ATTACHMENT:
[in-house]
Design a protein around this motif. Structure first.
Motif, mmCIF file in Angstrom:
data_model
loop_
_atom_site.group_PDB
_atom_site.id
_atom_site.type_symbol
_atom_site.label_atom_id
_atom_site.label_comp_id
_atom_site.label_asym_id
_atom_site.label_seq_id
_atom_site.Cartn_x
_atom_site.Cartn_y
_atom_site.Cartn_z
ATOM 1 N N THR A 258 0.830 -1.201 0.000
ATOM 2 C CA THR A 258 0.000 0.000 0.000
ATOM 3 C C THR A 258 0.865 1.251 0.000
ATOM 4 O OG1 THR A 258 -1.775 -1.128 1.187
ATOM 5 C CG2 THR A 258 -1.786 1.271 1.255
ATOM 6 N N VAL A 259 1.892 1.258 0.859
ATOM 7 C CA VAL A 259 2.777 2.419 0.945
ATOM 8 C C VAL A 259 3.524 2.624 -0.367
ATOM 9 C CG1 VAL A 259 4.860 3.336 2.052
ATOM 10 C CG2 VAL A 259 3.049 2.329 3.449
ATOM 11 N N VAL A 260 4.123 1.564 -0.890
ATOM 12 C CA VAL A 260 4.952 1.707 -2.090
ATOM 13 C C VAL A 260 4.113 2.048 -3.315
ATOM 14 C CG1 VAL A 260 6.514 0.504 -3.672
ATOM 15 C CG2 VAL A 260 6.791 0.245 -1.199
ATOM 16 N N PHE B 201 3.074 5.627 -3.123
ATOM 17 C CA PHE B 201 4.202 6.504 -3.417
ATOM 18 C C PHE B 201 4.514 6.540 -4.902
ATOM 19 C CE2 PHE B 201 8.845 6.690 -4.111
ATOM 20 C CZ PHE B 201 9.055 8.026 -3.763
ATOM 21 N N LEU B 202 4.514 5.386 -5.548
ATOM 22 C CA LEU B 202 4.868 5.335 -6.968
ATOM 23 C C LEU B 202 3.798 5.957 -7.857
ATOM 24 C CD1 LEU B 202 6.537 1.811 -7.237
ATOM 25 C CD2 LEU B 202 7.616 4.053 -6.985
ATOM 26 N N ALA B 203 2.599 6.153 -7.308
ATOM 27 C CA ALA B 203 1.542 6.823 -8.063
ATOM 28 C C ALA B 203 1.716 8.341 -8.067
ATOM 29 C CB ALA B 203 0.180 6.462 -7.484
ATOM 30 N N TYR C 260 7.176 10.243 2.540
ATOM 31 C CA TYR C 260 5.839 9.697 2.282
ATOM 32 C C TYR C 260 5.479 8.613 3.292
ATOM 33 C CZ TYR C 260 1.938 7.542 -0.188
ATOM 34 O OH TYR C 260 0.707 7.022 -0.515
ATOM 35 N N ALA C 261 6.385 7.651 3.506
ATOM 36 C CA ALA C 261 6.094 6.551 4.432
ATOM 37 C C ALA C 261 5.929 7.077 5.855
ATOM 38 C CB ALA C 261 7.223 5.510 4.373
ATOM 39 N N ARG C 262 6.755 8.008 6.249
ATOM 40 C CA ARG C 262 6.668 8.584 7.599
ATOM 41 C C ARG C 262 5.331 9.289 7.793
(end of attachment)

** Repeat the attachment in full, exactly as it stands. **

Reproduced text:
[in-house]
Design a protein around this motif. Structure first.
Motif, mmCIF file in Angstrom:
data_model
loop_
_atom_site.group_PDB
_atom_site.id
_atom_site.type_symbol
_atom_site.label_atom_id
_atom_site.label_comp_id
_atom_site.label_asym_id
_atom_site.label_seq_id
_atom_site.Cartn_x
_atom_site.Cartn_y
_atom_site.Cartn_z
ATOM 1 N N THR A 258 0.830 -1.201 0.000
ATOM 2 C CA THR A 258 0.000 0.000 0.000
ATOM 3 C C THR A 258 0.865 1.251 0.000
ATOM 4 O OG1 THR A 258 -1.775 -1.128 1.187
ATOM 5 C CG2 THR A 258 -1.786 1.271 1.255
ATOM 6 N N VAL A 259 1.892 1.258 0.859
ATOM 7 C CA VAL A 259 2.777 2.419 0.945
ATOM 8 C C VAL A 259 3.524 2.624 -0.367
ATOM 9 C CG1 VAL A 259 4.860 3.336 2.052
ATOM 10 C CG2 VAL A 259 3.049 2.329 3.449
ATOM 11 N N VAL A 260 4.123 1.564 -0.890
ATOM 12 C CA VAL A 260 4.952 1.707 -2.090
ATOM 13 C C VAL A 260 4.113 2.048 -3.315
ATOM 14 C CG1 VAL A 260 6.514 0.504 -3.672
ATOM 15 C CG2 VAL A 260 6.791 0.245 -1.199
ATOM 16 N N PHE B 201 3.074 5.627 -3.123
ATOM 17 C CA PHE B 201 4.202 6.504 -3.417
ATOM 18 C C PHE B 201 4.514 6.540 -4.902
ATOM 19 C CE2 PHE B 201 8.845 6.690 -4.111
ATOM 20 C CZ PHE B 201 9.055 8.026 -3.763
ATOM 21 N N LEU B 202 4.514 5.386 -5.548
ATOM 22 C CA LEU B 202 4.868 5.335 -6.968
ATOM 23 C C LEU B 202 3.798 5.957 -7.857
ATOM 24 C CD1 LEU B 202 6.537 1.811 -7.237
ATOM 25 C CD2 LEU B 202 7.616 4.053 -6.985
ATOM 26 N N ALA B 203 2.599 6.153 -7.308
ATOM 27 C CA ALA B 203 1.542 6.823 -8.063
ATOM 28 C C ALA B 203 1.716 8.341 -8.067
ATOM 29 C CB ALA B 203 0.180 6.462 -7.484
ATOM 30 N N TYR C 260 7.176 10.243 2.540
ATOM 31 C CA TYR C 260 5.839 9.697 2.282
ATOM 32 C C TYR C 260 5.479 8.613 3.292
ATOM 33 C CZ TYR C 260 1.938 7.542 -0.188
ATOM 34 O OH TYR C 260 0.707 7.022 -0.515
ATOM 35 N N ALA C 261 6.385 7.651 3.506
ATOM 36 C CA ALA C 261 6.094 6.551 4.432
ATOM 37 C C ALA C 261 5.929 7.077 5.855
ATOM 38 C CB ALA C 261 7.223 5.510 4.373
ATOM 39 N N ARG C 262 6.755 8.008 6.249
ATOM 40 C CA ARG C 262 6.668 8.584 7.599
ATOM 41 C C ARG C 262 5.331 9.289 7.793